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Crossref | PubMed | Scopus (5) | Google ScholarSee all References,17x17Laffer, C.L., Scott, R.C., Titze, J.M. et al. Hemodynamics and Salt-and-Water Balance Link Sodium Storage and Vascular Dysfunction in Salt-Sensitive Subjects. Hypertension. 2016;
Crossref | PubMed | Scopus (33) | Google ScholarSee all References. The decrease in blood volume was associated with an increase in urinary sodium excretion. This finding suggests that to maintain salt-sensitive hypertension, sodium retention and increases in blood volume are necessary. In the current study, we clarified the potential role of NCC in maintaining a high circulating volume after L-NAME treatment both in vivo and in vitro.
In vivo experiments showed that HCTZ but not amiloride induced a strong natriuretic effect in the L-NAME plus HS group, which suggests that NCC, but not ENaC, may be responsible. This result is partly consistent with a previous study on nephron-specific disruption of NOS3 in mice, in which phosphorylated and total NCC, but not ENaC, were elevated in the KO mice after 4 hours of an acute 3.2% Na+ load 28x28Gao, Y., Stuart, D., Takahashi, T. et al. Nephron-Specific Disruption of Nitric Oxide Synthase 3 Causes Hypertension and Impaired Salt Excretion. J Am Heart Assoc. 2018;
Crossref | PubMed | Scopus (5) | Google ScholarSee all References. This study disrupted NOS3 in the whole nephron, and NOS1 and 2 were preserved. In our study, whole NOSs were inhibited by L-NAME and could induce sustained high oxidative stress to activate NCC phosphorylation by the SPAK/OSR pathway. Corresponding to the response to HCTZ, phosphorylated NCC was reduced after HS but was sustained in the L-NAME plus HS group. This finding may be due to the inappropriate activation of NCC by L-NAME plus HS, which reduces sodium delivery to the collecting duct, and thus, ENaC may not be activated 29x29Mu, S., Shimosawa, T., Ogura, S. et al. Epigenetic modulation of the renal β-adrenergic-WNK4 pathway in salt sensitive hypertension. Nat Med. 2011;
Crossref | PubMed | Scopus (139) | Google ScholarSee all References. Moreover, the results from the NCC-deficient mice indicate that NCC is indispensable for L-NAME-induced salt sensitivity.
L-NAME changes renal blood flow 30x30Dobrowolski, L. and Kuczeriszka, M. Role of atrial natriuretic peptide in mediating the blood pressure-independent natriuresis elicited by systemic inhibition of nitric oxide. Pflugers Arch. 2015;
Crossref | Scopus (5) | Google ScholarSee all References and to exclude microenvironmental changes in the kidney, we examined the effect of L-NAME and NO in vitro using mDCT cells in which eNOS is expressed. Blockade of NO in the mDCT cells with L-NAME and treatment with SNP altered the phosphorylation of NCC, and these data suggest that NO interacts with the phosphorylation of NCC. It is well known that L-NAME results in high oxidative stress 31x31Amaral, T.A.S., Ognibene, D.T., Carvalho, L.C.R.M. et al. Differential responses of mesenteric arterial bed to vasoactive substances in L-NAME-induced preeclampsia: Role of oxidative stress and endothelial dysfunction. Clin Exp Hypertens. 2017;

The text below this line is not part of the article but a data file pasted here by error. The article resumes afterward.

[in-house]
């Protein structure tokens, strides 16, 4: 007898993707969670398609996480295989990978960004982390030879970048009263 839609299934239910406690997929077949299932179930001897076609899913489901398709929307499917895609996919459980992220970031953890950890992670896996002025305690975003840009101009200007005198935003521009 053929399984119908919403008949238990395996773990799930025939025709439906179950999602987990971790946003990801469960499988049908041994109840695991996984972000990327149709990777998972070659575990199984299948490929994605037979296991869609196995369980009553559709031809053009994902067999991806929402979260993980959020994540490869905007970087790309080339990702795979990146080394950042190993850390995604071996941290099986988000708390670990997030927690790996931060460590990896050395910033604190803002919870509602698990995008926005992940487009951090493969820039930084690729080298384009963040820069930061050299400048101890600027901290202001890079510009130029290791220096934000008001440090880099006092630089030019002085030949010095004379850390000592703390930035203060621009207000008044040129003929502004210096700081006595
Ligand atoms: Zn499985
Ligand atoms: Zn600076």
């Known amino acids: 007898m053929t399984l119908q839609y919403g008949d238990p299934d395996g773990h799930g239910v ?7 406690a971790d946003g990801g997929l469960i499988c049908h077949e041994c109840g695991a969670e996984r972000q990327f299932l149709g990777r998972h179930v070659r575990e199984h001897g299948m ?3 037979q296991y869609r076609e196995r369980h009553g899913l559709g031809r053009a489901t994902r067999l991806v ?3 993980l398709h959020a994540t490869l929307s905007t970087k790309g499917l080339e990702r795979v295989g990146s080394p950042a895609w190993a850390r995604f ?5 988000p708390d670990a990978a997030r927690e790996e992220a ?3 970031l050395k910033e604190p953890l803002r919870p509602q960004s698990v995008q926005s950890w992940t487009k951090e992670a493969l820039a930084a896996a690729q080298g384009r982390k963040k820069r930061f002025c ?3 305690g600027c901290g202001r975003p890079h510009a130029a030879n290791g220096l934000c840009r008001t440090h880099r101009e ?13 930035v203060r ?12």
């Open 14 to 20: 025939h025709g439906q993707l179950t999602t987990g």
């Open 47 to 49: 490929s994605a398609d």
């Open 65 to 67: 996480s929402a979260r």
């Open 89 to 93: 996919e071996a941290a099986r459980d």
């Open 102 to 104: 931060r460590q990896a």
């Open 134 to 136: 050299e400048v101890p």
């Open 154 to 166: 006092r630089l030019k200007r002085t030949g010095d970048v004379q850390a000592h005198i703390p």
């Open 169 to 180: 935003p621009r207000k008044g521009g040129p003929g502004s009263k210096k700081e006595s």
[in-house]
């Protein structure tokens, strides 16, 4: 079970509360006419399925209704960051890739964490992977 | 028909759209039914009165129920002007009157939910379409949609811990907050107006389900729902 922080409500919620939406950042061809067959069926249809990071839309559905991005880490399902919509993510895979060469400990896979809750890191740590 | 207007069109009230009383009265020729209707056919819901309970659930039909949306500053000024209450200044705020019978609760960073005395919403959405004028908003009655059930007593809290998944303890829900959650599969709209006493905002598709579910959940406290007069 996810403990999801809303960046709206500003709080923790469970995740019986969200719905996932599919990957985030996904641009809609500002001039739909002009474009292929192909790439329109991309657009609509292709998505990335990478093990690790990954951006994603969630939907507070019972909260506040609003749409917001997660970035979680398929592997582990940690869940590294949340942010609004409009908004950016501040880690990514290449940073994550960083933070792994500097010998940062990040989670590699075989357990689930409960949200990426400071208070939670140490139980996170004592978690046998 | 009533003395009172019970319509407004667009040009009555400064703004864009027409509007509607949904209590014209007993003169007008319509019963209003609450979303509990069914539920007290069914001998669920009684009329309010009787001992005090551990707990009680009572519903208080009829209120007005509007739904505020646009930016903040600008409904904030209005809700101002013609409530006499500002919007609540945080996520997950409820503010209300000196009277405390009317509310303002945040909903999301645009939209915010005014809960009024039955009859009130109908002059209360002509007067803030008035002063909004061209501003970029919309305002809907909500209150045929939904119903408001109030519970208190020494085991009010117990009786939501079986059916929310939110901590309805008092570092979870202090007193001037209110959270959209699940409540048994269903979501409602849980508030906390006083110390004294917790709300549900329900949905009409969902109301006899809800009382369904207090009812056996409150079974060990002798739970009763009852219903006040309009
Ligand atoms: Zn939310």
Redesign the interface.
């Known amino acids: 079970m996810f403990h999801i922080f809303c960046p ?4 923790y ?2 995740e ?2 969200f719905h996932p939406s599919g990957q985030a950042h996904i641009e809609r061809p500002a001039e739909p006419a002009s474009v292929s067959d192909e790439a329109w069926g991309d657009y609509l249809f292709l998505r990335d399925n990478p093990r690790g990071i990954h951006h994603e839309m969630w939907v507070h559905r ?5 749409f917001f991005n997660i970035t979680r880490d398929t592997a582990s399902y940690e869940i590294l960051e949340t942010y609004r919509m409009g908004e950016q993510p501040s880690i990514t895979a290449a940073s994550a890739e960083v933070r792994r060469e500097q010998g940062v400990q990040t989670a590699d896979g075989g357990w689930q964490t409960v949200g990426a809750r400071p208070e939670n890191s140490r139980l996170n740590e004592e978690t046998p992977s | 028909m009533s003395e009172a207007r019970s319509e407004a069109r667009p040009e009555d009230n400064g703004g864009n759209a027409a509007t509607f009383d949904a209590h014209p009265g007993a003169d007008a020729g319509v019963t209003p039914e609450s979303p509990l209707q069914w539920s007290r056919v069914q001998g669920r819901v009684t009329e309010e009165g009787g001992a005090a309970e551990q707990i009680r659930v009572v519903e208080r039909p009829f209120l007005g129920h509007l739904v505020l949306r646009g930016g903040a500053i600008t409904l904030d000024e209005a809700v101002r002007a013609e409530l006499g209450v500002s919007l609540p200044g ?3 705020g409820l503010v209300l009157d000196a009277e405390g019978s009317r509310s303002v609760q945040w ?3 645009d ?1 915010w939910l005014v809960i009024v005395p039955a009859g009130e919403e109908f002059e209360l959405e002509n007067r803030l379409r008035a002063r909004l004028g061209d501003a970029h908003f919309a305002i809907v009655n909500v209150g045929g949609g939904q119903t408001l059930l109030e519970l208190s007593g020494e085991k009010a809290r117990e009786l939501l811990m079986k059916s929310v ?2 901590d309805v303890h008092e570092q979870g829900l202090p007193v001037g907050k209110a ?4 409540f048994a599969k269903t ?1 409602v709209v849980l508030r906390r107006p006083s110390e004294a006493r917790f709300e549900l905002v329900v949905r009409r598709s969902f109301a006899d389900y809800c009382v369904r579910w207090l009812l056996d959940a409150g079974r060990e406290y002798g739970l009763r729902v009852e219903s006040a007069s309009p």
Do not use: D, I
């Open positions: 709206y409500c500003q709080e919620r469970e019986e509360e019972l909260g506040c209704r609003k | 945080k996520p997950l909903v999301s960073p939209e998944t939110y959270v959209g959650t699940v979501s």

Google ScholarSee all References, a result that was also confirmed by analyzing superoxide levels in the present study. After cotreatment with the SOD mimetic TEMPO, the L-NAME-induced increases in p-NCC were downregulated. pSPAK, a classic activator of NCC, phosphorylates NCC at conserved Ser/Thr residues in the cytoplasmic N-terminal domain 32x32Mercier-zuber, A. and Shaughnessy, K.M.O. Role of SPAK and OSR1 signaling in the regulation of NaCl cotransporters. Curr Opin Nephrol Hypertens. 2011;
Crossref | PubMed | Scopus (40) | Google ScholarSee all References. In this study, the expression of pSPAK was also increased by L-NAME stimulation and downregulated by TEMPO + L-NAME cotreatment in mDCT cells. Furthermore, the NO donor decreased the superoxide levels and pSPAK expression in mDCT cells. To confirm the role of pSPAK, we inhibited pSPAK and subsequently demonstrated the failure of L-NAME to activate NCC in the presence of a pSPAK inhibitor. Furthermore, we demonstrated the role of ROS in NO-induced salt-sensitive hypertension in vivo. After 4 weeks of treatment, TEMPO attenuated the L-NAME- and salt-induced increases in superoxide levels and the mean BP and p-NCC expression in C57BL/6J mice. These results indicate that oxidative stress and pSPAK play a role in the interaction between NO and NCC. Moreover, we formerly reported that sympathetic overactivity induces salt-sensitive hypertension by changing WNK4 transcription and NCC phosphorylation 29x29Mu, S., Shimosawa, T., Ogura, S. et al. Epigenetic modulation of the renal β-adrenergic-WNK4 pathway in salt sensitive hypertension. Nat Med. 2011;
Crossref | PubMed | Scopus (139) | Google ScholarSee all References. In the low-dose L-NAME and high oxidative stress models, we did not observe changes in WNK4 protein (Supplementary Fig. 4).